Dear Mary

Dear Mary: What can I do about fellow passengers who won’t wear face masks?

15 August 2020

9:00 AM

15 August 2020

9:00 AM

Q. On my way to Devon recently I stopped for lunch with an impeccably mannered friend. He produced first crab meat, then smoked salmon with a delicious salad of avocado, lettuce etc. Halfway through I noticed he had four or five prawns on his plate and I had none. As prawns are one of my favourite foods I vocalised my disappointment. He was mortified but could not transfer any prawns to my plate for fear of coronavirus. Should I have kept my mouth shut, Mary?
— E.S., Ripe, Sussex

A. No, but you could have proceeded differently. You might have set your host at his ease by gushing: ‘Oh you haven’t given me prawns! How clever of you to remember that I never eat prawns with salmon because as a child I was forced to eat them together.’ This would have elicited one of two responses. Either: ‘Oh, good lord. I didn’t remember that at all. Your prawns are still in the kitchen. Don’t you want them, then?’ You could have replied: ‘Oh, I might break my own rules on this occasion.’ His second response would have been: ‘To be honest I didn’t remember that. I simply forgot to give you any, but thank goodness you wouldn’t have wanted them anyway.’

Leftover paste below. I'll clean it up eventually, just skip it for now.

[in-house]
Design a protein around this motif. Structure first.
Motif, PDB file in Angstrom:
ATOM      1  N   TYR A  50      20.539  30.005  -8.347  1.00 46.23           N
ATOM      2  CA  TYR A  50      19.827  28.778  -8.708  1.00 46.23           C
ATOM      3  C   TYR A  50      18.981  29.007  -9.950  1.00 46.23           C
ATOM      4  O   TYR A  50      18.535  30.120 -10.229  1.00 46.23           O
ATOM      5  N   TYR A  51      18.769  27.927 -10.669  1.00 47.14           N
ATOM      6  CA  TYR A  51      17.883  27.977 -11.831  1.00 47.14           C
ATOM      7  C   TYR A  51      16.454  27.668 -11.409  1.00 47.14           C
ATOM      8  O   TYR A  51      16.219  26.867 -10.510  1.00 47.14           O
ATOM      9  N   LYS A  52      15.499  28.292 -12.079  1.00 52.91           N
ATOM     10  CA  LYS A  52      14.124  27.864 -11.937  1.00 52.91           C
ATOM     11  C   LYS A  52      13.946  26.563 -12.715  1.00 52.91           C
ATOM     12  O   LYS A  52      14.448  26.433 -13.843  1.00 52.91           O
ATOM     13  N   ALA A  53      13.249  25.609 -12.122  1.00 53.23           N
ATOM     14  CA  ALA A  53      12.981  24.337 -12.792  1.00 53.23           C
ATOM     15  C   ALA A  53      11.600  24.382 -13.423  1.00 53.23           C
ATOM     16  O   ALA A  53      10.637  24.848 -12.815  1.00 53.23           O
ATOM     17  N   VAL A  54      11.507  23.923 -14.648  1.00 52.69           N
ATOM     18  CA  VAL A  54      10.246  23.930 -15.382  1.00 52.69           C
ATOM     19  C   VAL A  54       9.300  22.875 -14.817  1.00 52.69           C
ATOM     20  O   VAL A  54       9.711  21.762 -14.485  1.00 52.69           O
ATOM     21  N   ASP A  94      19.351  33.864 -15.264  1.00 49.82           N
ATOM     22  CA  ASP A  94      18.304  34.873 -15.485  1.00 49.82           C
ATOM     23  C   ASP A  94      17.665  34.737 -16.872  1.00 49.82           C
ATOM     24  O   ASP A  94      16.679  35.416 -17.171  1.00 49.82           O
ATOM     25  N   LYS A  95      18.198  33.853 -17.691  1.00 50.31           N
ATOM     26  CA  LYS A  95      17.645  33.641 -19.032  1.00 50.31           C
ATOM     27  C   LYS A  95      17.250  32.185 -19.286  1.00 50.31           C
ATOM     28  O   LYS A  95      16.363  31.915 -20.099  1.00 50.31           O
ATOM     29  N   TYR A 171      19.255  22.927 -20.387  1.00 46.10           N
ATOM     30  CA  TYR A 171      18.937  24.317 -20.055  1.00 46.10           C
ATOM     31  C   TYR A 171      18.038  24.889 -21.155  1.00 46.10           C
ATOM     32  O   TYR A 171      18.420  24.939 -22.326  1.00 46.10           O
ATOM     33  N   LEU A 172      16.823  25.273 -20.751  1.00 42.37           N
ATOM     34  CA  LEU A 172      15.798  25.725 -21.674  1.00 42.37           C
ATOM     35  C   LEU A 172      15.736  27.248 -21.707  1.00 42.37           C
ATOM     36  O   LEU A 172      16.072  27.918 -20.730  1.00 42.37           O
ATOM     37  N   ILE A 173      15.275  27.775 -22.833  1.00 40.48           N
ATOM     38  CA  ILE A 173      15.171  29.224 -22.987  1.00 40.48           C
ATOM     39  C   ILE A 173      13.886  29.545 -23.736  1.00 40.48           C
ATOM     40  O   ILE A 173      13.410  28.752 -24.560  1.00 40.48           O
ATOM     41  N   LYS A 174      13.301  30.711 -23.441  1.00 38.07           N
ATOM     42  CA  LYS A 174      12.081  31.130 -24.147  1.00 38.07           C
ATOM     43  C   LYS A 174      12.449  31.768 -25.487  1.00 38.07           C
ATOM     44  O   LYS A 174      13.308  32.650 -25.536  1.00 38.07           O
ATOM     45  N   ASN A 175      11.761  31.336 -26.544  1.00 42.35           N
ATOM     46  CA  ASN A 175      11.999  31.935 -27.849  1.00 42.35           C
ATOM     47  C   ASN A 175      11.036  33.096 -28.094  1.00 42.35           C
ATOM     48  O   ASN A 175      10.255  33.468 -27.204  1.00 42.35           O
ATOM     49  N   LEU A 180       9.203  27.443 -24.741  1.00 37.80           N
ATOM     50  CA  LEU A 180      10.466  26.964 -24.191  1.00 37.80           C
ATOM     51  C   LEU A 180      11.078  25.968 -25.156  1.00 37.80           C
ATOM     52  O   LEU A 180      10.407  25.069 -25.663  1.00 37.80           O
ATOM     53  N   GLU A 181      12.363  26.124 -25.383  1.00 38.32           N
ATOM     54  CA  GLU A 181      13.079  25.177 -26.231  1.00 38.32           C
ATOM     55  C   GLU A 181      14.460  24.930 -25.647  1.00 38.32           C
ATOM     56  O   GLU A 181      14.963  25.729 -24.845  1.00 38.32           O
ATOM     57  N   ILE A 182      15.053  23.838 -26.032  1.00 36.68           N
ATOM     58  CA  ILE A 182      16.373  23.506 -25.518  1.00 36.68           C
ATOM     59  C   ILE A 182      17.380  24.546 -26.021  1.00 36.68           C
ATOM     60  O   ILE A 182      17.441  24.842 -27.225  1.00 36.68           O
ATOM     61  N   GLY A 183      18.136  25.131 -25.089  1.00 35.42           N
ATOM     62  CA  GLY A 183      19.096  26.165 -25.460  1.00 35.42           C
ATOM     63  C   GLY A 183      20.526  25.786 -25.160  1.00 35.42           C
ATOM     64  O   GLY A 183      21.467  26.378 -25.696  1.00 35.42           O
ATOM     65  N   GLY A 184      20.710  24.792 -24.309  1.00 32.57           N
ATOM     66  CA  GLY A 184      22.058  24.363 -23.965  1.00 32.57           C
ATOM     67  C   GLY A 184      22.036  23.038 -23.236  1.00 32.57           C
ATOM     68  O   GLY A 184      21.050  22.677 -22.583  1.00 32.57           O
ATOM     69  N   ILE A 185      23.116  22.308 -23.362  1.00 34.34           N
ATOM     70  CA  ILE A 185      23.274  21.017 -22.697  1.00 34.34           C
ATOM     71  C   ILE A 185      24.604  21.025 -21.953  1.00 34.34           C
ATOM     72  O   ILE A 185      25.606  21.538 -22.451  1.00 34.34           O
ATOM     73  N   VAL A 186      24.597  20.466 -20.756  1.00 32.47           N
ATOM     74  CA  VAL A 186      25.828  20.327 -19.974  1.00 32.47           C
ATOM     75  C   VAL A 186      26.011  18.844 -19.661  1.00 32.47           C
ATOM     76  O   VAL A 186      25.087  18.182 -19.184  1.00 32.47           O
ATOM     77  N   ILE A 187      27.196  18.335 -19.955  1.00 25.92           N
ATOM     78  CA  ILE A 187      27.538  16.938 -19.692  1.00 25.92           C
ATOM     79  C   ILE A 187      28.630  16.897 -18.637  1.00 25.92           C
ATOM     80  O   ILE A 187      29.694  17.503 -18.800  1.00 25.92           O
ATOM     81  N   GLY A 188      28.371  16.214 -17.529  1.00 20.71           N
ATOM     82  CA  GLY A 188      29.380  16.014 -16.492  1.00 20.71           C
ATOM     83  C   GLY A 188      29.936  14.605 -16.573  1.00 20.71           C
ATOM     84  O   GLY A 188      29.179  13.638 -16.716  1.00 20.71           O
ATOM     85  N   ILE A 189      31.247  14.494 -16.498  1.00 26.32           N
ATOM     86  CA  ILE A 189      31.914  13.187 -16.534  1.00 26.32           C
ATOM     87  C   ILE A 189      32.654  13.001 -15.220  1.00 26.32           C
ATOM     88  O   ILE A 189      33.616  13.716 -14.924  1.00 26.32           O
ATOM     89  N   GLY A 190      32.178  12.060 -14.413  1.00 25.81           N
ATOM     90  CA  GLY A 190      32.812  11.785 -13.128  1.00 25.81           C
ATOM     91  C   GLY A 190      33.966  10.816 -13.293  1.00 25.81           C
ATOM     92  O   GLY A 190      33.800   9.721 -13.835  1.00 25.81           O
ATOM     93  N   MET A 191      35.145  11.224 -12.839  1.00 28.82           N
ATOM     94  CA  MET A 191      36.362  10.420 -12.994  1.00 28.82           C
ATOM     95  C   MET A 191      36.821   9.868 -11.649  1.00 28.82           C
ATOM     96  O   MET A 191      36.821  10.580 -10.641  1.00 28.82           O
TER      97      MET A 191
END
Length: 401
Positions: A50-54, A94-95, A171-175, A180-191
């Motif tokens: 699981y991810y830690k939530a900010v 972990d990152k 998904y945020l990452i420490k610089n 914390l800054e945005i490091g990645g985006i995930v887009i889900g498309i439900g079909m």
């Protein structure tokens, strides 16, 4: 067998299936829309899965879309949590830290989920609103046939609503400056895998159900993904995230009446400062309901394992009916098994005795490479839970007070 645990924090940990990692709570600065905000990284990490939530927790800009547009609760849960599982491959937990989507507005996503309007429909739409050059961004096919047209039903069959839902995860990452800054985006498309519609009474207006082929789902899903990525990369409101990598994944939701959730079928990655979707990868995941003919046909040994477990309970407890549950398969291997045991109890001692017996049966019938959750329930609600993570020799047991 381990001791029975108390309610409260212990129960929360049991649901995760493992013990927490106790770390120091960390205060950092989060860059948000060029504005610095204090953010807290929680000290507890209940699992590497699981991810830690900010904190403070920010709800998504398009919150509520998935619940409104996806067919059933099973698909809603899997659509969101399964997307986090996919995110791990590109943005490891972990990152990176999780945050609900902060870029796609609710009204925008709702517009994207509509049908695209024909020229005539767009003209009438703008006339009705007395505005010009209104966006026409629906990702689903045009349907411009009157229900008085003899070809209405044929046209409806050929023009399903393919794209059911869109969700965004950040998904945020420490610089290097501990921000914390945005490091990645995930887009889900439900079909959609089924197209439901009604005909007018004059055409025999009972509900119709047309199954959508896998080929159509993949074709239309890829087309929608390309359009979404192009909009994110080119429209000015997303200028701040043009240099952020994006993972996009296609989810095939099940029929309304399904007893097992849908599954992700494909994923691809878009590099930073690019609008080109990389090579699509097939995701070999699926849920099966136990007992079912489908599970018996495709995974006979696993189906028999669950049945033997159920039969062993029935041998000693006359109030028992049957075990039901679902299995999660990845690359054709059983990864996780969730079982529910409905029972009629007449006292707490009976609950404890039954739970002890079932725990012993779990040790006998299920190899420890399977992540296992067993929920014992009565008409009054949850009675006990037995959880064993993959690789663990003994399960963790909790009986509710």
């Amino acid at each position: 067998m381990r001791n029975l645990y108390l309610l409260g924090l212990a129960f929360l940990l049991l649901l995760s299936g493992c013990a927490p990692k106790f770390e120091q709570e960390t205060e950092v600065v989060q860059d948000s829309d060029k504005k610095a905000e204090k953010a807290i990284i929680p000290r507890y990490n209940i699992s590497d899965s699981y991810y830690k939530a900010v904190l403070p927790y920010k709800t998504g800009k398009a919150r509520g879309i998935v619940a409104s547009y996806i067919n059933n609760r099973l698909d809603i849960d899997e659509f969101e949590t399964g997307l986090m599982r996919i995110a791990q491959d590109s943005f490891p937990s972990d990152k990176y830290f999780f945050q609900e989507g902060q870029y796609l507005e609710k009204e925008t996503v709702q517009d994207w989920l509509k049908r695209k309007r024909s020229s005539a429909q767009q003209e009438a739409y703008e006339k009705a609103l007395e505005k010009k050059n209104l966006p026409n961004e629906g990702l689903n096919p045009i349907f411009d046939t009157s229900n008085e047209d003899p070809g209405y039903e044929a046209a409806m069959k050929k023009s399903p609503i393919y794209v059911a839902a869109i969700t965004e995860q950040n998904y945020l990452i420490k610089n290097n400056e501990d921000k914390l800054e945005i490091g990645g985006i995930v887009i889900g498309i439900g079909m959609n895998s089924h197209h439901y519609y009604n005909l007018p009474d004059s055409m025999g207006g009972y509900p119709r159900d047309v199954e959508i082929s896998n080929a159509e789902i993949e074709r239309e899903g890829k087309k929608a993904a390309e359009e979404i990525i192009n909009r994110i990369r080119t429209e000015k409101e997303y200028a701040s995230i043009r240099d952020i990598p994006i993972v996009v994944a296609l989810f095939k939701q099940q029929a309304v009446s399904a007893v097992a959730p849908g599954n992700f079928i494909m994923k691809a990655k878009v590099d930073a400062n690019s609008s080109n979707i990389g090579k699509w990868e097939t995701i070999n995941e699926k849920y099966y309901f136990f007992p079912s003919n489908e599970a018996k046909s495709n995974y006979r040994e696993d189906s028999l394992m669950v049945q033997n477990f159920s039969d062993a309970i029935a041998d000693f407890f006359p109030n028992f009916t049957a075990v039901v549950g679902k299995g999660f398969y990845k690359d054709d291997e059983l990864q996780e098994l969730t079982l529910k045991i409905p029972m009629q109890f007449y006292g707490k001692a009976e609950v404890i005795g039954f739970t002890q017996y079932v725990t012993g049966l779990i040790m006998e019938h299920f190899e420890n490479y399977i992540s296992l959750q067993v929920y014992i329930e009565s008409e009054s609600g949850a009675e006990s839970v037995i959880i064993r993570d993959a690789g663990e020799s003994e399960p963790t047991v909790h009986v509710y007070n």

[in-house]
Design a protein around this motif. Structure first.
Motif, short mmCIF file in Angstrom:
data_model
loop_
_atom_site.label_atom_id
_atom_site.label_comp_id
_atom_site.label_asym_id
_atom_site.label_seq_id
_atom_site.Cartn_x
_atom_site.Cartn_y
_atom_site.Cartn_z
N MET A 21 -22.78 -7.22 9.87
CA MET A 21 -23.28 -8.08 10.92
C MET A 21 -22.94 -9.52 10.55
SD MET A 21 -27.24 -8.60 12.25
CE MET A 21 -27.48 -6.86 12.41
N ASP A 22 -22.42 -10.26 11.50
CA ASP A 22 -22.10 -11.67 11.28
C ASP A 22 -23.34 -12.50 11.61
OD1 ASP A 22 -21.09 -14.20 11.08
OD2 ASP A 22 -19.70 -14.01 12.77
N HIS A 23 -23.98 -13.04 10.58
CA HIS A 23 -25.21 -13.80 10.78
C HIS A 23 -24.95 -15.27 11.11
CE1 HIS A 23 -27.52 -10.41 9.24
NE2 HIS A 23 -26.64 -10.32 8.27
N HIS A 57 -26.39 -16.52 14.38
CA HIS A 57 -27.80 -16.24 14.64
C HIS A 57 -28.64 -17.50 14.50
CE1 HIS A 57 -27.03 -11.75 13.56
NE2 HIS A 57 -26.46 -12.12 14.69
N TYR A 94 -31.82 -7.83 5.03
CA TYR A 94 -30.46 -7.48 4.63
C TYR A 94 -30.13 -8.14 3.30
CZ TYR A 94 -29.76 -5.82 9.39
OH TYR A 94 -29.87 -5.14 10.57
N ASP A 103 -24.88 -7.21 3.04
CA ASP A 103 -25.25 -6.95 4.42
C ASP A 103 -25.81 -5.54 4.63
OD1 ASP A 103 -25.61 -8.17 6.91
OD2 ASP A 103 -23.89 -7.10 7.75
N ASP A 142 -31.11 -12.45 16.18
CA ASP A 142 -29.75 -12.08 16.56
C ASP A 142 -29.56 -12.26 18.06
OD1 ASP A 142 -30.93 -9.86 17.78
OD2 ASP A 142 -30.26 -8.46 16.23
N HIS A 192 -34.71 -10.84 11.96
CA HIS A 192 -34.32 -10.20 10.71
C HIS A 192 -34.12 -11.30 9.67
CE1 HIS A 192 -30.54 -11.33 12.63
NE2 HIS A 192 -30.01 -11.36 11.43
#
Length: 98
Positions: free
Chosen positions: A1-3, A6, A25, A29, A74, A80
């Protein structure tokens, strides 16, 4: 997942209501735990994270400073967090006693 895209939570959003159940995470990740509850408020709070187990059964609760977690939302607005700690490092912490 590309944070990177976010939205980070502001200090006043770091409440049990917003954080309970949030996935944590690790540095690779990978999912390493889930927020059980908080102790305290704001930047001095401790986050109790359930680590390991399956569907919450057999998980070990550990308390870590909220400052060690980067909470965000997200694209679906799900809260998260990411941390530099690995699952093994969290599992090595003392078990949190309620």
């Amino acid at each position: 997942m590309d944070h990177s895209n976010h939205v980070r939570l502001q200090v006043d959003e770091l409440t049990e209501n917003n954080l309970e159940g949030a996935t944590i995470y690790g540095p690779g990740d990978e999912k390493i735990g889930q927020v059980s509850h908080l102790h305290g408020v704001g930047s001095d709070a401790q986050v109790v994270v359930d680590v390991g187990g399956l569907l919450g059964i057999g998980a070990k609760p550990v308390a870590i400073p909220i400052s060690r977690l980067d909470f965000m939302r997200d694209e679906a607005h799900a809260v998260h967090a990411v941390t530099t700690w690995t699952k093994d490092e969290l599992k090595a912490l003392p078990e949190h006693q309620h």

Q. We have given quite a few pool parties recently but there is always a tinge of awkwardness when the guests arrive, as some of them are kissing and some are not. It can be uncomfortable, especially when some of our most affectionate friends try to greet someone who is anxious to avoid contamination. How can a host make things easier?
— A.E., Pewsey

A. A successful system was introduced at a recent wedding. Guests were issued with wristbands on arrival. Red meant ‘Stop. Keep your social distance’, while green meant ‘Hug and kiss as normal’. These wristbands ensured affection could be freely shown between the virus deniers. Meanwhile the anxious could relax, safe in the knowledge that no one would invade their space.

Q. I arrived much too early at Euston Station for a train to the Lake District. As I waited, I noted a number of unmasked people on the concourse. When I said, politely, to one of these that masks were compulsory, he ignored me and walked away. The officials who should have been enforcing the mask edict were clearly steering a wide berth. Mary, in the absence of anyone in authority taking a lead, what could I have done?
— J.H., London SW11

A. When a reprimand comes from a disembodied voice and as an instruction to everyone present, offenders are less likely to feel persecuted. You should have asked an official to broadcast an announcement — e.g. ‘Would all passengers standing next to WHSmith near platform nine please be aware that face coverings are compulsory in this station.’

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